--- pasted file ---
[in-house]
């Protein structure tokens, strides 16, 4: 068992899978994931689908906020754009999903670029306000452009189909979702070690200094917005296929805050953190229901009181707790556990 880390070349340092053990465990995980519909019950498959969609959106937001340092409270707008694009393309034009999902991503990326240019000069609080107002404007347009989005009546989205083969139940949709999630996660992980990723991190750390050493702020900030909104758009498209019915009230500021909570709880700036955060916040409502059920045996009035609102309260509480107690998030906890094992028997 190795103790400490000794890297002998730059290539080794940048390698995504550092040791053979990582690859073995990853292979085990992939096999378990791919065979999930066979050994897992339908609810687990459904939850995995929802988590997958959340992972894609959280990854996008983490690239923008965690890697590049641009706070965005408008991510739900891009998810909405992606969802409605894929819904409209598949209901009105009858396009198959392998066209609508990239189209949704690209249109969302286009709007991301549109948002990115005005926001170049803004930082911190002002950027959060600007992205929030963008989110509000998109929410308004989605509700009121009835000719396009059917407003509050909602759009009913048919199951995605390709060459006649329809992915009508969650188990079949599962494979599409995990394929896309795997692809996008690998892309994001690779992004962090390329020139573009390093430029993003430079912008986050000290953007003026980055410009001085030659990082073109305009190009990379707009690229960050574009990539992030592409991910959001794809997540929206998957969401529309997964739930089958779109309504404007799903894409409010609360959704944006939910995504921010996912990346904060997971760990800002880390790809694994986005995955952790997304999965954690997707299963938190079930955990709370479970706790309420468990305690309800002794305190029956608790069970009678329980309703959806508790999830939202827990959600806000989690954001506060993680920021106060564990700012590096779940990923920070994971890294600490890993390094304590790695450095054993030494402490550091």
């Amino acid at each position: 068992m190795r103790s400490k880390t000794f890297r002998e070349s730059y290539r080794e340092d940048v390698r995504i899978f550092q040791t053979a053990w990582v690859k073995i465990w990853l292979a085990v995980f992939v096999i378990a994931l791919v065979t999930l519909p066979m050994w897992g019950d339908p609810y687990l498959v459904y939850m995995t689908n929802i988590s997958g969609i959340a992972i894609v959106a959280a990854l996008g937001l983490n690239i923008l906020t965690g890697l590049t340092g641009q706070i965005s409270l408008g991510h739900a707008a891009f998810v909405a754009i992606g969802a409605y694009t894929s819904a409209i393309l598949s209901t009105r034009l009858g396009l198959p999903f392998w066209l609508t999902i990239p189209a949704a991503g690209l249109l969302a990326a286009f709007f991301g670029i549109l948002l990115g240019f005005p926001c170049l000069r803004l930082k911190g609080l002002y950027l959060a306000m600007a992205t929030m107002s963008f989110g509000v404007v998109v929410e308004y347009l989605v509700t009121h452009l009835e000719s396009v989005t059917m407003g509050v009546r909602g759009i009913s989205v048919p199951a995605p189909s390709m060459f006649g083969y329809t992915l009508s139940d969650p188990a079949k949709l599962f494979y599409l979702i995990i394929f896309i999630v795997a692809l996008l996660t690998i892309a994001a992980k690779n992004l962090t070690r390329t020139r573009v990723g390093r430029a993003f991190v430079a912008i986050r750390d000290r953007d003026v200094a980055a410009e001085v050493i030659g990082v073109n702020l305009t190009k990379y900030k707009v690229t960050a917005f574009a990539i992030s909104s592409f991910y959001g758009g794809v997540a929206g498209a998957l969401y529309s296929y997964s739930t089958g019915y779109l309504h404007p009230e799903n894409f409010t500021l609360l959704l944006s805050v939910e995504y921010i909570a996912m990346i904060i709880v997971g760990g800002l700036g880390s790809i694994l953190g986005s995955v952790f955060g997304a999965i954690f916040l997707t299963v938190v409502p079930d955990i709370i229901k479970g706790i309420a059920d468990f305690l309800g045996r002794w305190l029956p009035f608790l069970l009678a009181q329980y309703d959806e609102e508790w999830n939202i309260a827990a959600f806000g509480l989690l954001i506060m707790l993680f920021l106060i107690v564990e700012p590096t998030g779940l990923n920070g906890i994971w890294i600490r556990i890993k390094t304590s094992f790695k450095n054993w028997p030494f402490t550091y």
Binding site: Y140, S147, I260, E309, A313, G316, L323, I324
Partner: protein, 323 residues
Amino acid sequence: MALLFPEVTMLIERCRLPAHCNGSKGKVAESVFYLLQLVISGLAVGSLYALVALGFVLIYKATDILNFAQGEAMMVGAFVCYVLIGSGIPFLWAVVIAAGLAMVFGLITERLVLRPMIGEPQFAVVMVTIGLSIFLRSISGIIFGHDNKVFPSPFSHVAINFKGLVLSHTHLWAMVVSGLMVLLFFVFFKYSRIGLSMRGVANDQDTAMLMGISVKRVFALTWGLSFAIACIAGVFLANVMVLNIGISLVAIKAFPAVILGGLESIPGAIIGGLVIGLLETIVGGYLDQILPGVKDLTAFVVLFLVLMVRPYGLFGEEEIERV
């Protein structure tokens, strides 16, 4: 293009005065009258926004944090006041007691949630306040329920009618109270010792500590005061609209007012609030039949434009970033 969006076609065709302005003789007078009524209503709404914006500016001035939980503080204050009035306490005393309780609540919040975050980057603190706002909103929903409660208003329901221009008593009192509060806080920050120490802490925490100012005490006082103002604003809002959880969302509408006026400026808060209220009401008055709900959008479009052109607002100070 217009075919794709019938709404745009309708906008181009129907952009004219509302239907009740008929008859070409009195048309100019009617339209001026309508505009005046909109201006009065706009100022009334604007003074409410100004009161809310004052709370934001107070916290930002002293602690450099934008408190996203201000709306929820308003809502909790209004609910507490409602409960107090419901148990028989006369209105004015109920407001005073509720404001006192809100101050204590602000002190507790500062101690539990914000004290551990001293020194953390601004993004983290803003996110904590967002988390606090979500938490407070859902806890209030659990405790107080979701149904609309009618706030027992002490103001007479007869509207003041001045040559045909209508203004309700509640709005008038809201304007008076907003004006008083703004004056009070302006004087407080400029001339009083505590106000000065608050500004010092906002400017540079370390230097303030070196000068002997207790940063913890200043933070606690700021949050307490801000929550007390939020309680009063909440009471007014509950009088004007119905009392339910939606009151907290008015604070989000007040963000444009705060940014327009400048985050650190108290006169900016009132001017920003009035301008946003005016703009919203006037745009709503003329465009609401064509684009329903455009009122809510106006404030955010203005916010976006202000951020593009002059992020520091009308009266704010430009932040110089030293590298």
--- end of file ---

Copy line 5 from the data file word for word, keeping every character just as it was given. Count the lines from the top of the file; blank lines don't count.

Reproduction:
Partner: protein, 323 residues